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CERT Advisory 95:01 Response

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Document ID: 13604



Introduction

This document shows you a simple way to respond to the CERT advisory CA- 95:01, 1/23/95. We've also included an article that summarizes the vulnerabilities cited in the CERT advisory.

Step 1

The defense is simply to set up your Internet firewall router to deny packets from outside your network that claim to have a source address inside your network. Here's a sample configuration for a network with internal source addresses of 131.108.x.x and 198.92.93.x:

  access-list 101 deny IP 131.108.0.0 0.0.255.255 0.0.0.0 255.255.255.255
  access-list 101 deny IP 198.92.93.0 0.0.0.255 0.0.0.0 255.255.255.255
  [...the rest of your firewall goes here...]

and so on, where access list 101 describes all possible source addresses on your network.

Important: if you use only the two line example described above without any other access-list commands, all traffic will stop on your interface because packets that don't match one of the access list permit/deny lines are implicitly denied.
If you only want source address spoofing protection and nothing else, add the line

  access-list 101 permit ip 0.0.0.0 255.255.255.255 0.0.0.0 255.255.255.255

to the end of the earlier example, which will allow all remaining traffic to flow to and from the Internet. This is not your best solution, however, since there are many possible attacks other than the IP spoofing fixed here. The CCO information service and various USENET mailing lists have articles on this topic. You can telnet to cco.cisco.com or point your WWW browser at http://cco.cisco.com on dial- in (408) 526-8070.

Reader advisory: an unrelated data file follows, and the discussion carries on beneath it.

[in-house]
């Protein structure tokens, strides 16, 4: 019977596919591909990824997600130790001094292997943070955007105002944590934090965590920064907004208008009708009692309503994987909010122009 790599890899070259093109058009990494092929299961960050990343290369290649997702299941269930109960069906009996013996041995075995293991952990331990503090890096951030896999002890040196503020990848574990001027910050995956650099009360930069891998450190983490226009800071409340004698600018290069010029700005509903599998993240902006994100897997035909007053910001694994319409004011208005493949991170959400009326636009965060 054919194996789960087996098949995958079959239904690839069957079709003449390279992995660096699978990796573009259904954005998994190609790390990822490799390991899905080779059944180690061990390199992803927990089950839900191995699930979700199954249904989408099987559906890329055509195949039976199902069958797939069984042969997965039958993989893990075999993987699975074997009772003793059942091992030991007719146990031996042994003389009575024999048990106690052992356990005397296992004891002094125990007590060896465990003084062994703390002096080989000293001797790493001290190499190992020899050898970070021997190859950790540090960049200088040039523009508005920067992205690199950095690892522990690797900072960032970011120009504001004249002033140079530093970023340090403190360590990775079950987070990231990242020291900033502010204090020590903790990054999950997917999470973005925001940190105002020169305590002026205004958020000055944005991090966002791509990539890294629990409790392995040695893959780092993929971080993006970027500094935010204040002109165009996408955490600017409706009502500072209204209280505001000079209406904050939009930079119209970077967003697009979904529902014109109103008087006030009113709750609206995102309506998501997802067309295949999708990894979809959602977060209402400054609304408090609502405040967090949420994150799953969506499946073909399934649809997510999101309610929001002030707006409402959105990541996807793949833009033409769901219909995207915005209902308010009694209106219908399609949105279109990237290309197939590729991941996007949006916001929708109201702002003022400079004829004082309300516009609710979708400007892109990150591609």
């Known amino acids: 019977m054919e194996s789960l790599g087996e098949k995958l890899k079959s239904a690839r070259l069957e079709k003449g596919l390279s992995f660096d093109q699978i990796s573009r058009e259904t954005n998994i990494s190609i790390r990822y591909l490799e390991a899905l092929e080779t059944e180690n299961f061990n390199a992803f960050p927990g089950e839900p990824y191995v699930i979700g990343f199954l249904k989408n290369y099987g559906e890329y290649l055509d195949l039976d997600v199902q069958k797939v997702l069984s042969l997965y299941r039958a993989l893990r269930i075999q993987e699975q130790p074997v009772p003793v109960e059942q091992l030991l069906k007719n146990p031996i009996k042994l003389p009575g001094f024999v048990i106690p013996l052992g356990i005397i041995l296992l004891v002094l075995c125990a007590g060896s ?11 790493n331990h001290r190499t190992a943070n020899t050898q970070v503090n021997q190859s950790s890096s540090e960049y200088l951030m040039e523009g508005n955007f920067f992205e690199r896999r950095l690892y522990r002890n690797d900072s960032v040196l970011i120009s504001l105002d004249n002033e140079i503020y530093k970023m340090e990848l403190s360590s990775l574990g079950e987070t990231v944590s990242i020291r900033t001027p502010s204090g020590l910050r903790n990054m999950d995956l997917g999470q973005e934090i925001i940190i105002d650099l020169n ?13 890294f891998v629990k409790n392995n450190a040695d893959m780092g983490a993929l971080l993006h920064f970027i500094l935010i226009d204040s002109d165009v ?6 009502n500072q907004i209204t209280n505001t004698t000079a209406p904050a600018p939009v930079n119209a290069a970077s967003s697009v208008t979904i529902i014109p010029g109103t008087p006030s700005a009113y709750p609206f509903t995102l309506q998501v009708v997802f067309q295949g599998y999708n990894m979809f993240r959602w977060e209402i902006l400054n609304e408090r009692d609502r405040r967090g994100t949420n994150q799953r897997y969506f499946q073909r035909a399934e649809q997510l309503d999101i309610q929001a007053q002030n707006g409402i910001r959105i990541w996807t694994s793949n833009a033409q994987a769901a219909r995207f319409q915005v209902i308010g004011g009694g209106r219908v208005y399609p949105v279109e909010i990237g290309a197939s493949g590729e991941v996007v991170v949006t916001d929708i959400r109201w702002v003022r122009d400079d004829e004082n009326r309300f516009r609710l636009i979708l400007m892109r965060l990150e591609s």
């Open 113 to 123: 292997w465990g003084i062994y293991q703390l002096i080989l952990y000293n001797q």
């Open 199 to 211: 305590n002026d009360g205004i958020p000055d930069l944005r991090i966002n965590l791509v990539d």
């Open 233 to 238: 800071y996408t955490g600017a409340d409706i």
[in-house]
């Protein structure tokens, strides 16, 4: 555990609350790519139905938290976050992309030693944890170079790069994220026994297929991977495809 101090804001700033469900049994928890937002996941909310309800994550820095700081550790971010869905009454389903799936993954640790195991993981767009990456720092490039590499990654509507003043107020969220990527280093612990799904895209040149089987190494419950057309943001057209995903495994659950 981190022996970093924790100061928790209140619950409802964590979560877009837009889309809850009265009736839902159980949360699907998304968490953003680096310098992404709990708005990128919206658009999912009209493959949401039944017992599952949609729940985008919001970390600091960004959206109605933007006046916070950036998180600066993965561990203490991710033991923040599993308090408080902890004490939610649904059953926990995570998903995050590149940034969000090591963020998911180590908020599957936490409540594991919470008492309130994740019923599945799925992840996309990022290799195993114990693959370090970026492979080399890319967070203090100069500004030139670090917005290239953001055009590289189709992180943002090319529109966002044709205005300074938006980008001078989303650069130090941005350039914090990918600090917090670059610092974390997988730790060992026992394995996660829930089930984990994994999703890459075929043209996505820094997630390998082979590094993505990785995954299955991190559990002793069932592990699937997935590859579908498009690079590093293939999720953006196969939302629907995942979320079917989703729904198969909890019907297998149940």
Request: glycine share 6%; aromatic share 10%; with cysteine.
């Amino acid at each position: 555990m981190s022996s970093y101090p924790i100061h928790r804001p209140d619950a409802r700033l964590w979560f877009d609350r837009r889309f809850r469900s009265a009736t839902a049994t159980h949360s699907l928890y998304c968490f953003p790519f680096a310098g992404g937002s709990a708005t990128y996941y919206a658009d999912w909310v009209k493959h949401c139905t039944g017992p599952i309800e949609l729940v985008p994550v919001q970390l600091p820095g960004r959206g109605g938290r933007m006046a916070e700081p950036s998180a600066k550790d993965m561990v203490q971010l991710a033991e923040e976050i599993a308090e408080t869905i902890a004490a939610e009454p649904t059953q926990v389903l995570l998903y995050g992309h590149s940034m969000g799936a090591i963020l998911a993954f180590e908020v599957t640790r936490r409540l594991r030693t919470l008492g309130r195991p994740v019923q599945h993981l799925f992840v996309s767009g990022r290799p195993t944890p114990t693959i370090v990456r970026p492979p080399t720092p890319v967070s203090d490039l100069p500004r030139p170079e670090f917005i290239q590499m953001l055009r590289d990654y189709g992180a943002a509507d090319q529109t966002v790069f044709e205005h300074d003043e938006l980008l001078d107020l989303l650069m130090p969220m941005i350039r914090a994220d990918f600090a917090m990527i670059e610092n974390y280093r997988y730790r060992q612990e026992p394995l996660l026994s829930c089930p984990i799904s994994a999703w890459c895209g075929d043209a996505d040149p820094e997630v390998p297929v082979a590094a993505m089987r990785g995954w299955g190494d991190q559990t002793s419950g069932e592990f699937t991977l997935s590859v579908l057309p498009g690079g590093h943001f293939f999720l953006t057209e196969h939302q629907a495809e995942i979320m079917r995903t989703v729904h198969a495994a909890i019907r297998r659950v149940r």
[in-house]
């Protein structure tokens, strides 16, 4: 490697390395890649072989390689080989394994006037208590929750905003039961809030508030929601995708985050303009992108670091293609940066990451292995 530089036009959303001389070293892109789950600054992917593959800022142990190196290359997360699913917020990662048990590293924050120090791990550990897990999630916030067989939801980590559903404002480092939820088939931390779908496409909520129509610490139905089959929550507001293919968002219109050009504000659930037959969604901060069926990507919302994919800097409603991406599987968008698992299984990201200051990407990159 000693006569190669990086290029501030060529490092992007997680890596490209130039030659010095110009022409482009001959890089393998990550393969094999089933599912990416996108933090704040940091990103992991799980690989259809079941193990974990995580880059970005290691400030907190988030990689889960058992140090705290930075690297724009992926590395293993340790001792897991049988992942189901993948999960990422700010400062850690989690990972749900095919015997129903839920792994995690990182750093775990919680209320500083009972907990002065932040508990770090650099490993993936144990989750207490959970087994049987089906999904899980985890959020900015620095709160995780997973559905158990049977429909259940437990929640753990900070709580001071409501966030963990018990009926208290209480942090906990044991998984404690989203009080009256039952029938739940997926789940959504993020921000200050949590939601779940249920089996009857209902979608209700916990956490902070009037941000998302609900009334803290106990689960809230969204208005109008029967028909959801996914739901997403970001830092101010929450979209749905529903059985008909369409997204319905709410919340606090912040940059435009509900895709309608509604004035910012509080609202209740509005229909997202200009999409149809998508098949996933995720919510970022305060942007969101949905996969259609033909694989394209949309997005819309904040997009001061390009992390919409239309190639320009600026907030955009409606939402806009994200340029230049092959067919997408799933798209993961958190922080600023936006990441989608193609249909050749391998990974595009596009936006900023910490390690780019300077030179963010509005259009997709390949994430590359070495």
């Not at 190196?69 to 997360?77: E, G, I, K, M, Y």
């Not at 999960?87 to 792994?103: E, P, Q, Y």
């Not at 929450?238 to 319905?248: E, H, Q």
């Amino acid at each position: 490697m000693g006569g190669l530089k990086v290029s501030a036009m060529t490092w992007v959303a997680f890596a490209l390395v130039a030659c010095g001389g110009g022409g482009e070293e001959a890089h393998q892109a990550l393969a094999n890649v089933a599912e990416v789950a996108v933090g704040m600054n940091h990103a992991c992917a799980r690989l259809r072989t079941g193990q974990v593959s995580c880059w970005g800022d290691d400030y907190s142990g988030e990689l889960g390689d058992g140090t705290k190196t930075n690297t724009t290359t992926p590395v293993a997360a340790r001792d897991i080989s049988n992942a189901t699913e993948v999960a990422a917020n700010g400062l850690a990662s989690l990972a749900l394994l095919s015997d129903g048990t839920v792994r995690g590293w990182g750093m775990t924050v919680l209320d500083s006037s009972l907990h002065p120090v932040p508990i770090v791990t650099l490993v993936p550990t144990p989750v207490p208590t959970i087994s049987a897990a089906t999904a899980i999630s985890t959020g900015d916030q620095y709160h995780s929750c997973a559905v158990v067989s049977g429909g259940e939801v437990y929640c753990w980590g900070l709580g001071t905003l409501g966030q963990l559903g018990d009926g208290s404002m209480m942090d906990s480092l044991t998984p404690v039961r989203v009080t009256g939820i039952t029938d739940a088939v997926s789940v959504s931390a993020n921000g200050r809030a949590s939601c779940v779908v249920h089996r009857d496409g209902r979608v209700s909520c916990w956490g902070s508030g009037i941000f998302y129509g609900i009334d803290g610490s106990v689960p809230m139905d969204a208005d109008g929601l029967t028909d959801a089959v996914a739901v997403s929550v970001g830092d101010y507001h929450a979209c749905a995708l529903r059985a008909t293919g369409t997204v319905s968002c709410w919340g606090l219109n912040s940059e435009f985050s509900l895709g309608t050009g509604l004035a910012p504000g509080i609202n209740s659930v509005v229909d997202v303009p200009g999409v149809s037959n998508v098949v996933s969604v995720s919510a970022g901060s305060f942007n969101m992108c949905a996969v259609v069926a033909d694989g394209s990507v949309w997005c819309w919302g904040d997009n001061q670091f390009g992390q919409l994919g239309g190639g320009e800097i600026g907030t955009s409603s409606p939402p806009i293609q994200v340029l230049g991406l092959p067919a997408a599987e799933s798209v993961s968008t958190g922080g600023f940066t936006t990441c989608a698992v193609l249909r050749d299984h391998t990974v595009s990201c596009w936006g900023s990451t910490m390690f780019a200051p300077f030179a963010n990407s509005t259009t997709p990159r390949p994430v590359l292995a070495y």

Step 2

Once you have defined an appropriate access list you can apply it to the vulnerable interfaces:

  interface serial 0
  description interface facing the big bad Internet
  ip access-group 101 in

for a router running 9.21 or later, where your interface serial 0 faces the Internet.

If you don't have 9.21 and your Internet firewall is a two port router, you don't need an upgrade. Just apply access-list 101 as described above to the LAN interface and not the serial interface, like in this example:

  interface ethernet 0
  description LAN port on my Internet router
  ip access-group 101

With this defense, any packets coming from the Internet that claim to be from your network are thrown out, preventing the style of attack described below.

If you have a multi-port router as your firewall and are running a version prior to 9.21, the access-lists required to prevent spoofing can cause internal connectivity problems. We recommend upgrading to 9.21 or later, or consulting the TAC for assistance. Also, in order to prevent other forms of spoofing attack from outside, all Internet firewalls should have this global command:

  no ip source-routing

The following article appeared on comp.security.misc and sums up the references cited in the CERT advisory concerning the cited vulnerabilities.

Steve Bellovin's Comments on the Nature of the Attack

There's a great deal of confusion about what kind of attack the recent CERT advisory is referring to. Let me try to clear things up.